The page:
- Qualcomm investors have been unnerved by news that Intel will win some iPhone 7 business from Apple.
- Qualcomm, however, still maintains a sizable lead over Intel in cellular basebands and app processors.
- Intel recently cut its mobile chip budget and is unlikely to become a threat to Qualcomm which focuses solely on this field.
Qualcomm (NASDAQ:QCOM) stock is slipping lower after Barclays downgraded the stock from Overweight to Equal weight saying the company would have a harder road ahead now that Intel (NASDAQ:INTC) is likely to win some iPhone 7 business from Apple (NASDAQ:AAPL). The downgrade comes a few weeks after reports emerged that Intel might clinch a deal to supply 30%-40% of iPhone 7 baseband modems. If the report turns out to be accurate, this will mark the first time that Intel wins substantial mobile chip business from Apple. The Barclays downgrade appears to be a contrarian call since Qualcomm stock has been getting a lot of Wall Street love lately.
And there is a good chance that Intel might actually win the deal. A 2015 report by VentureBeat had said that Apple would use Intel’s XMM 7360 4G modems in its lower-end smartphones mainly aimed at the emerging markets in Latin America and Asia in 2016. The site even followed up on the story by reporting that Intel had hired more than 1,000 people to design the said modem and that Apple was interested in Intel developing a SoC (System-on-a-Chip) that will pair up an A-series app processor with a 4G modem.
So it’s fair to conclude that Intel has upended Qualcomm, at least, this once. Intel has in the past been willing to enter into contra-revenue arrangements with mobile chip manufacturers to use its mobile chips. It's not yet clear if Intel has made similar concessions with Apple though it cannot be ruled out. Intel might have won the battle but is still far from winning the mobile war against Qualcomm.
Qualcomm still leads in cellular basebands by quite a wide margin. For instance, Intel’s XMM 7360 can manage peak download speeds of 450Gbps compared to 1Gbps for Qualcomm’s Snapdragon X16. For Intel to compete favorably with Qualcomm especially in the higher end of the market where Apple belongs, it will not only have to develop best-in-class app processors but also the best baseband modems. Intel can conceivably achieve this by leveraging its manufacturing technologies to produce cost-effective solutions. This is one key advantage that Intel bears over Qualcomm since Qualcomm does not have its own fabs.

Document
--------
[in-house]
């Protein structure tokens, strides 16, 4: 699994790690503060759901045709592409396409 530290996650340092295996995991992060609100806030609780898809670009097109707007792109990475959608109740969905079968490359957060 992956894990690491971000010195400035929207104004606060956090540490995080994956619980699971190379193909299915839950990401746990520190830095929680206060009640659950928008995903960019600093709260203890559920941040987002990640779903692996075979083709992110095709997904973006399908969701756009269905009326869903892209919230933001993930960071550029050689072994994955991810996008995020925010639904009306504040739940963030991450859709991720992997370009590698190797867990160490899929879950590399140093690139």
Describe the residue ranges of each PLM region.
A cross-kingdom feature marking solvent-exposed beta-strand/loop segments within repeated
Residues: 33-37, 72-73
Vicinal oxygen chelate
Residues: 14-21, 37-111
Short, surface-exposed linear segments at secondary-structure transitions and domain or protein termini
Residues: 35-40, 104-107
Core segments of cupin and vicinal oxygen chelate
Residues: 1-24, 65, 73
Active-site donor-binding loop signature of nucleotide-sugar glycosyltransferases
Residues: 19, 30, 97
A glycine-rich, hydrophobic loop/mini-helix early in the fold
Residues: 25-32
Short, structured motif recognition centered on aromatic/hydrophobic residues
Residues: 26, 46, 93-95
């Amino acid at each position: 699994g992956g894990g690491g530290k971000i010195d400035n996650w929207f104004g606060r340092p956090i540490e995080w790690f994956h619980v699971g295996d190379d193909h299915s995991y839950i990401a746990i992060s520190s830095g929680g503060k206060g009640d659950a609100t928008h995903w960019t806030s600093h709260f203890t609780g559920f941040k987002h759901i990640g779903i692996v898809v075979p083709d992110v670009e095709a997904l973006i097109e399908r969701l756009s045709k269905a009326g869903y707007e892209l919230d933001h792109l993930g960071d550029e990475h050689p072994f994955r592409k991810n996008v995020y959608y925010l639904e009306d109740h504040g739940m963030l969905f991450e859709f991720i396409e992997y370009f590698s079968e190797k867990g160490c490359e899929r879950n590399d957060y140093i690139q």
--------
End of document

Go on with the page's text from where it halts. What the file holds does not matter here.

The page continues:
But the big problem is that this might not be the direction that Intel is interested in taking. After trying unsuccessfully to carve itself a respectable niche in the mobile chip business, Intel finally seems to have thrown in the towel and given up trying to steal market share from the likes of Qualcomm and MediaTek. Intel currently seems more interested in simply maintaining a presence in the mobile space. In fact, Intel has indicated that it will cut down its mobile chip spending by about $1B per year and will instead concentrate on more promising fields including the Data Center and Internet of Things.
Intel is a highly diversified semiconductor chip manufacturer with interests in not less than eight different fields. Mobile just happens to be one of those. It’s only natural that the company shifts its resources to more promising segments. Meanwhile, Qualcomm is a predominantly mobile chip company, manufacturing MSM chips and licensing LTE technology to smartphone manufacturers. Qualcomm devotes most of its R&D spending to developing best-in-class products for high-end manufacturers like Apple and Samsung Electronics (OTC:SSNLF).
In the final analysis, Qualcomm is not very reliant on Apple to drive its top line. CLSA’s Srini Pajjuri estimates that Qualcomm could lose ~ 4% of its revenue and 2% of earnings in 2016 if Apple hands over the contract to Intel. The ramp on Intel’s revenue won’t be much either, with Pajjuri estimating that the new business might bring in ~2% of Intel’s revenue in 2016.
Ultimately Intel does not seem ideally positioned to fight for high stakes in the mobile market against the likes of Qualcomm. Unless Intel effects a 180-degree turnaround on its mobile strategy, it’s unlikely to become much of a threat to Qualcomm.